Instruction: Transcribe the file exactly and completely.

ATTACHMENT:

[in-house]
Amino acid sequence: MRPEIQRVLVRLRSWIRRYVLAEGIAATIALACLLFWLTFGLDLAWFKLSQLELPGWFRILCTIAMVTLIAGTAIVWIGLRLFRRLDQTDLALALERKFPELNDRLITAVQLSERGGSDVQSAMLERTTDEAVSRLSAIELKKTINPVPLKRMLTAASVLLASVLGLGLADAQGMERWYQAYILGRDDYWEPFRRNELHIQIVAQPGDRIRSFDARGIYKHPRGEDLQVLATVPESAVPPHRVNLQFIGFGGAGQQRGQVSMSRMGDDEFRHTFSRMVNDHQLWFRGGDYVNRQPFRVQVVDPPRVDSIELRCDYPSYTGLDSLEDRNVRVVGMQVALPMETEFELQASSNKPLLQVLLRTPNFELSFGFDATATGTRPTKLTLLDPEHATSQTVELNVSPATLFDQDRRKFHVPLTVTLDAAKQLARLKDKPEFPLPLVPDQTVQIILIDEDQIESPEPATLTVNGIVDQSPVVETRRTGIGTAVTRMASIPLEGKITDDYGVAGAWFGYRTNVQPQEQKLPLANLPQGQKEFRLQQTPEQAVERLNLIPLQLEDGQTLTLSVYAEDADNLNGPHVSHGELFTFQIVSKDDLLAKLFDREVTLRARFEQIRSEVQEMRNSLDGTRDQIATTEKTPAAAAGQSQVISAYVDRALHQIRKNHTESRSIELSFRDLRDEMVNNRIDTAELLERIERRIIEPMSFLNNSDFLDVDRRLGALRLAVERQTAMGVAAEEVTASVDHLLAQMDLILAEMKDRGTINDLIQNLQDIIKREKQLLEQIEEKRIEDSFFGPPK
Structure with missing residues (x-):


[in-house]
Amino acid sequence: MRPEIQRVLVRLRSWIRRYVLAEGIAATIALACLLFWLTFGLDLAWFKLSQLELPGWFRILCTIAMVTLIAGTAIVWIGLRLFRRLDQTDLALALERKFPELNDRLITAVQLSERGGSDVQSAMLERTTDEAVSRLSAIELKKTINPVPLKRMLTAASVLLASVLGLGLADAQGMERWYQAYILGRDDYWEPFRRNELHIQIVAQPGDRIRSFDARGIYKHPRGEDLQVLATVPESAVPPHRVNLQFIGFGGAGQQRGQVSMSRMGDDEFRHTFSRMVNDHQLWFRGGDYVNRQPFRVQVVDPPRVDSIELRCDYPSYTGLDSLEDRNVRVVGMQVALPMETEFELQASSNKPLLQVLLRTPNFELSFGFDATATGTRPTKLTLLDPEHATSQTVELNVSPATLFDQDRRKFHVPLTVTLDAAKQLARLKDKPEFPLPLVPDQTVQIILIDEDQIESPEPATLTVNGIVDQSPVVETRRTGIGTAVTRMASIPLEGKITDDYGVAGAWFGYRTNVQPQEQKLPLANLPQGQKEFRLQQTPEQAVERLNLIPLQLEDGQTLTLSVYAEDADNLNGPHVSHGELFTFQIVSKDDLLAKLFDREVTLRARFEQIRSEVQEMRNSLDGTRDQIATTEKTPAAAAGQSQVISAYVDRALHQIRKNHTESRSIELSFRDLRDEMVNNRIDTAELLERIERRIIEPMSFLNNSDFLDVDRRLGALRLAVERQTAMGVAAEEVTASVDHLLAQMDLILAEMKDRGTINDLIQNLQDIIKREKQLLEQIEEKRIEDSFFGPPK
Structure with missing residues (x-):